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It’s a Good Year to Get Into Gardening Because of Weed

Gardening is good for your soul and also it’s good for getting plentiful and extremely cheap weed.
Image source: Shutterstock | Art by Noel Ransome

January is an excellent time to start thinking about gardening. Especially if, like me, you have no idea what you’re doing.

I have always wanted to grow plants. My parents grew vegetables in our backyard growing up but I was only ever involved in the maintenance and harvesting. And at any rate, a dozen years of bouncing around the city and the country in student housing doesn’t lend itself well to growing much more than a tiny herb garden. Which is fine! It’s where I started. My wife got me a tiny hydroponics set for Christmas and now already we have an infinite supply of dill. (Please give me recipes using dill.)


I’m not sure how I got so horny for horticulture. One morning just before the new year I was checking the seed pods in the kitchen and when I saw the first tiny sprout coming up out of the soil, something moved deep in my heart. Since then I have spent hours browsing gardening videos on YouTube and leafing through local seed catalogues and watching how the sun and the wind move across my backyard.

No, there isn’t much to do in the dead of winter except watch the barren ash trees bend in the brutal Newfoundland wind and dream about the life you will sprout up in spring.

A small vegetable garden on the back deck will be a fine summer starter project. Along with a nice flower bed in the front so the house doesn’t look so much like how I feel. I found a little dogberry sapling in the backyard that has already grown into a spiral, so I’m also thinking about training it as a bonsai, because I’ve gone insane and now I’m completely obsessed with trees.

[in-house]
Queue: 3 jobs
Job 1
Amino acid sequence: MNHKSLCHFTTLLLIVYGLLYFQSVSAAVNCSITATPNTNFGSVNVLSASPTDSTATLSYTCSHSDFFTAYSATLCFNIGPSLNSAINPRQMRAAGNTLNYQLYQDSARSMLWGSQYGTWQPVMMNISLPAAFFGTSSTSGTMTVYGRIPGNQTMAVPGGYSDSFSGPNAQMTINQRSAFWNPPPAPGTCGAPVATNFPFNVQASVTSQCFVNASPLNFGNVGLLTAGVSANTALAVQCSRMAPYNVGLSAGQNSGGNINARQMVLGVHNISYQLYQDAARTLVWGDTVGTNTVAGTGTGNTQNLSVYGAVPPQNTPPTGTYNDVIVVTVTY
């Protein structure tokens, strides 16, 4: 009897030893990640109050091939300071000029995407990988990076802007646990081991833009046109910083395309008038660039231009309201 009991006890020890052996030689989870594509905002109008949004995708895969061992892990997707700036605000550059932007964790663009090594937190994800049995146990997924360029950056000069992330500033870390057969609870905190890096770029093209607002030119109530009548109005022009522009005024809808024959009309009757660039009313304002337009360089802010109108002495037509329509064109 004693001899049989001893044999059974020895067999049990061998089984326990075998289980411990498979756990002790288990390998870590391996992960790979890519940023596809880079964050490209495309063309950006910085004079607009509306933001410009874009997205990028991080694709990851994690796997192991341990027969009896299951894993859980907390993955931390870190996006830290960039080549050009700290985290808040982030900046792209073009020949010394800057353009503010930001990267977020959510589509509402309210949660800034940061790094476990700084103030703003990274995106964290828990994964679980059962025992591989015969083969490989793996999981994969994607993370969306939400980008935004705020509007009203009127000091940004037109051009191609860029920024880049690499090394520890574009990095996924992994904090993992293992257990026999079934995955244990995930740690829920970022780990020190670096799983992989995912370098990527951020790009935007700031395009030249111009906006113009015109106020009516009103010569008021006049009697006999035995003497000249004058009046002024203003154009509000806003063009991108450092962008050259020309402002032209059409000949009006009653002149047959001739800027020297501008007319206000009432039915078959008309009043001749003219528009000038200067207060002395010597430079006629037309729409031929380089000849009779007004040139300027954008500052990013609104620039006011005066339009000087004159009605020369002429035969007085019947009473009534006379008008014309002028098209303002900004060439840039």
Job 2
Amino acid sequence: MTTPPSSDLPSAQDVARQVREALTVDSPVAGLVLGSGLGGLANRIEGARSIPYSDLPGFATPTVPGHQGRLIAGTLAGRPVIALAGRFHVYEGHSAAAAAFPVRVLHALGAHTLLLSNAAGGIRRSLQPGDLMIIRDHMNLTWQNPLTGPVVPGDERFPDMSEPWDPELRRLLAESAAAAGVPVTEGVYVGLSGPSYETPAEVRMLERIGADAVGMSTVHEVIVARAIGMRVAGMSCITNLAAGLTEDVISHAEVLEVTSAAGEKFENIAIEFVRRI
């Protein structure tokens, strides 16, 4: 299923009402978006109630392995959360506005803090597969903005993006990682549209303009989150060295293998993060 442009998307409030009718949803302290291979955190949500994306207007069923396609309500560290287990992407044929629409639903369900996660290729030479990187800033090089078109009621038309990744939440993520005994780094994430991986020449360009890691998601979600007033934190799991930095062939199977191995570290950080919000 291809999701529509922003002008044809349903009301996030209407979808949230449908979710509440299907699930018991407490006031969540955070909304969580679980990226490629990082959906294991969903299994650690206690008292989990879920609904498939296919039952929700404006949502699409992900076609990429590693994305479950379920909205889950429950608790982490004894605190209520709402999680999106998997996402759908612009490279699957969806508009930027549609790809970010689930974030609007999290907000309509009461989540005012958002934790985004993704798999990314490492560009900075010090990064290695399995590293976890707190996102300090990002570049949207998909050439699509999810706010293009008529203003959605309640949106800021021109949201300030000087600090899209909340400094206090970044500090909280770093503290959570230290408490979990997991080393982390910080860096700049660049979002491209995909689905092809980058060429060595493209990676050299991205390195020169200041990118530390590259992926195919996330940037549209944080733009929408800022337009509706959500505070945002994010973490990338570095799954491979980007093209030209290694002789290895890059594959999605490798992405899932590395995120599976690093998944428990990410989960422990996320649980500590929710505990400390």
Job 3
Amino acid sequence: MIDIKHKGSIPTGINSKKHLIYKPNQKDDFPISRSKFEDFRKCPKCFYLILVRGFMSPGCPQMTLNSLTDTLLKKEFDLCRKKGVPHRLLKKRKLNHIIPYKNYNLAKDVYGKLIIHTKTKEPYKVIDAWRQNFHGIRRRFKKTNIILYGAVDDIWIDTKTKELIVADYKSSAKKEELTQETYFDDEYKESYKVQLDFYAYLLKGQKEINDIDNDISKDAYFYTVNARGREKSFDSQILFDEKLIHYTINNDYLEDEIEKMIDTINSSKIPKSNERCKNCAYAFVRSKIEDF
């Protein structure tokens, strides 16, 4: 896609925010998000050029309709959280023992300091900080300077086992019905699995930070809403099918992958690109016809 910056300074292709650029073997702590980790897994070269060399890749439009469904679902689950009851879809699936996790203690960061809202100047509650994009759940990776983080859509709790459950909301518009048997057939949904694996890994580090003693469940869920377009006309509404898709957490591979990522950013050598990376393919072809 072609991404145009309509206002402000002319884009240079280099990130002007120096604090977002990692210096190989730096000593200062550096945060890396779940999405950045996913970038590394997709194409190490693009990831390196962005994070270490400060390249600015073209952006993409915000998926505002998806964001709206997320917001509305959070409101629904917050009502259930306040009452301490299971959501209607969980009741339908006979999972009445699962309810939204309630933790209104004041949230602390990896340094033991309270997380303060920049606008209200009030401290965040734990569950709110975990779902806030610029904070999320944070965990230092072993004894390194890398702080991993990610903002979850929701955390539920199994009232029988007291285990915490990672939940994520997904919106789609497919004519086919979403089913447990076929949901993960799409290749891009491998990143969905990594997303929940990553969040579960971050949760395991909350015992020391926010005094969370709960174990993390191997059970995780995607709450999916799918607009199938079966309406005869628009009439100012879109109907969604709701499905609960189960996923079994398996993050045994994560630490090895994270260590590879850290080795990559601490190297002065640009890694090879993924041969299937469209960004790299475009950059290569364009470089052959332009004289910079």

Once you start consciously thinking about the plants around you as living creatures—utterly alien yet intimately familiar—it becomes an event to just go outside and look around. Not far from my house is a crabapple tree that was knocked over about a decade ago but lived to grow sideways through a chainlink fence, flowering and fruiting over a hillside full of trash. It’s very ugly and also one of the most beautiful scenes in the neighbourhood. I smile whenever I think about that handsome, shitty tree.


But OK, sure. You are like me a month ago: unmoved by the prospect of rediscovering a sense of sublime wonder among the banality of everyday life. There are other reasons to get excited about gardening—namely, growing cannabis.

When marijuana legalization is law in Canada, you are entitled to grow four personal plants of up to 100 cm in height. That is one hell of a home garden. Depending on the strain you grow and how you set it up—Grow cabinet or greenhouse? Space Bucket or a pot of soil?—it’s not too hard to harvest close to an ounce or more of dope per plant if you care for them properly. Even at a conservative estimate of 20 grams a plant, you’re laughing.

You can learn a useful skill and get in touch with nature while saving hundreds of dollars a year on quality-controlled drugs. There is no better time to start developing your green thumb. Plus, then you’ll be ready for next year when you won’t lose half the natural growing season waiting for the plant to be legal.

It will always be more convenient to buy it than grow it, which is fair. I buy all of my vegetables at the grocery store and most of my beer from an Ultramar. But I‘ve already found that the serene contemplation of plant life goes really, really well with marijuana, so I think it makes sense to take it to the next level.

I bought a used book on gardening last week, an old CBC-radio approved guide to gardening on Canada’s East Coast. The man at the counter told me I was mad to think of starting a garden in St. John’s; not only is the climate hostile, but most of the soil is polluted with old lead paint.

Challenge accepted—there are ways to work around poor soil. But it did give me a new appreciation for the spindly little spruce trees growing up among the garbage in the woods behind my house. The earth is poison and the sky is dark and the wind is enough to snap the stands in half but the trees keep growing anyway.

All the ugly trees in my backyard are strangely reassuring. They are living reminders that even in the depths of corruption and decay, life will always find a way. The unseen machinery of the universe is maybe best understood as a kind of cosmic mulcher. Nothing is ever really lost; it’s only rearranged.

They taught me this in my high school chemistry class. But it took me 16 years and a basil sprout to finally understand.